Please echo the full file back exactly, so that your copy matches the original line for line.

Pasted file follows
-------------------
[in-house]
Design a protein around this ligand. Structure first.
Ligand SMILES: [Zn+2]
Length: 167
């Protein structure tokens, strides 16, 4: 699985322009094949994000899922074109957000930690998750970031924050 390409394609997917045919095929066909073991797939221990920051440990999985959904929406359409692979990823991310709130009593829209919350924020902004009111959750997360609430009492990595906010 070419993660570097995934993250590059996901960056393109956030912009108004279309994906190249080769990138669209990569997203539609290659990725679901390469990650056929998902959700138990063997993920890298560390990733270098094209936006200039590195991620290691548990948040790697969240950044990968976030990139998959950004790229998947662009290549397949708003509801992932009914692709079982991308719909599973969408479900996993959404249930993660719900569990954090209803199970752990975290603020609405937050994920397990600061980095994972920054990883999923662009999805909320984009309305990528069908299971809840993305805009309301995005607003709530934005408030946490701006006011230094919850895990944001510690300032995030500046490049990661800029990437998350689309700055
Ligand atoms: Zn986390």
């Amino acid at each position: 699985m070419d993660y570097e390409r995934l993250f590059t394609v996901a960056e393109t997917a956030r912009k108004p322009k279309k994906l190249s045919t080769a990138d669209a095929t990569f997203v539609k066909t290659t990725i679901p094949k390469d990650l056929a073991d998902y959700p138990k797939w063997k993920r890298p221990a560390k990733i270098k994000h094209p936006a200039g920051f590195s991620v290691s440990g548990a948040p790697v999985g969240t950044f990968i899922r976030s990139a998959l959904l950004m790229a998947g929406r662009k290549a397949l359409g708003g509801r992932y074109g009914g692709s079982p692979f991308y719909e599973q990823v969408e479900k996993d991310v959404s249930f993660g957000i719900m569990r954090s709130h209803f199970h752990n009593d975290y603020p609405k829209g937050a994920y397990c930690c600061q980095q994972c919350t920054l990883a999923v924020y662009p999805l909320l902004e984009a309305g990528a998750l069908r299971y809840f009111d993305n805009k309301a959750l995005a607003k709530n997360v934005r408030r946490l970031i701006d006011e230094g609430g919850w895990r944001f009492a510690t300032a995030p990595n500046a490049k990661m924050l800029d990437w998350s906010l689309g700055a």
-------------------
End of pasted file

[in-house]
Design a protein around this ligand. Structure first.
Ligand SMILES: [Zn+2]
Length: 167
């Protein structure tokens, strides 16, 4: 699985322009094949994000899922074109957000930690998750970031924050 390409394609997917045919095929066909073991797939221990920051440990999985959904929406359409692979990823991310709130009593829209919350924020902004009111959750997360609430009492990595906010 070419993660570097995934993250590059996901960056393109956030912009108004279309994906190249080769990138669209990569997203539609290659990725679901390469990650056929998902959700138990063997993920890298560390990733270098094209936006200039590195991620290691548990948040790697969240950044990968976030990139998959950004790229998947662009290549397949708003509801992932009914692709079982991308719909599973969408479900996993959404249930993660719900569990954090209803199970752990975290603020609405937050994920397990600061980095994972920054990883999923662009999805909320984009309305990528069908299971809840993305805009309301995005607003709530934005408030946490701006006011230094919850895990944001510690300032995030500046490049990661800029990437998350689309700055
Ligand atoms: Zn986390």
């Amino acid at each position: 699985m070419d993660y570097e390409r995934l993250f590059t394609v996901a960056e393109t997917a956030r912009k108004p322009k279309k994906l190249s045919t080769a990138d669209a095929t990569f997203v539609k066909t290659t990725i679901p094949k390469d990650l056929a073991d998902y959700p138990k797939w063997k993920r890298p221990a560390k990733i270098k994000h094209p936006a200039g920051f590195s991620v290691s440990g548990a948040p790697v999985g969240t950044f990968i899922r976030s990139a998959l959904l950004m790229a998947g929406r662009k290549a397949l359409g708003g509801r992932y074109g009914g692709s079982p692979f991308y719909e599973q990823v969408e479900k996993d991310v959404s249930f993660g957000i719900m569990r954090s709130h209803f199970h752990n009593d975290y603020p609405k829209g937050a994920y397990c930690c600061q980095q994972c919350t920054l990883a999923v924020y662009p999805l909320l902004e984009a309305g990528a998750l069908r299971y809840f009111d993305n805009k309301a959750l995005a607003k709530n997360v934005r408030r946490l970031i701006d006011e230094g609430g919850w895990r944001f009492a510690t300032a995030p990595n500046a490049k990661m924050l800029d990437w998350s906010l689309g700055a």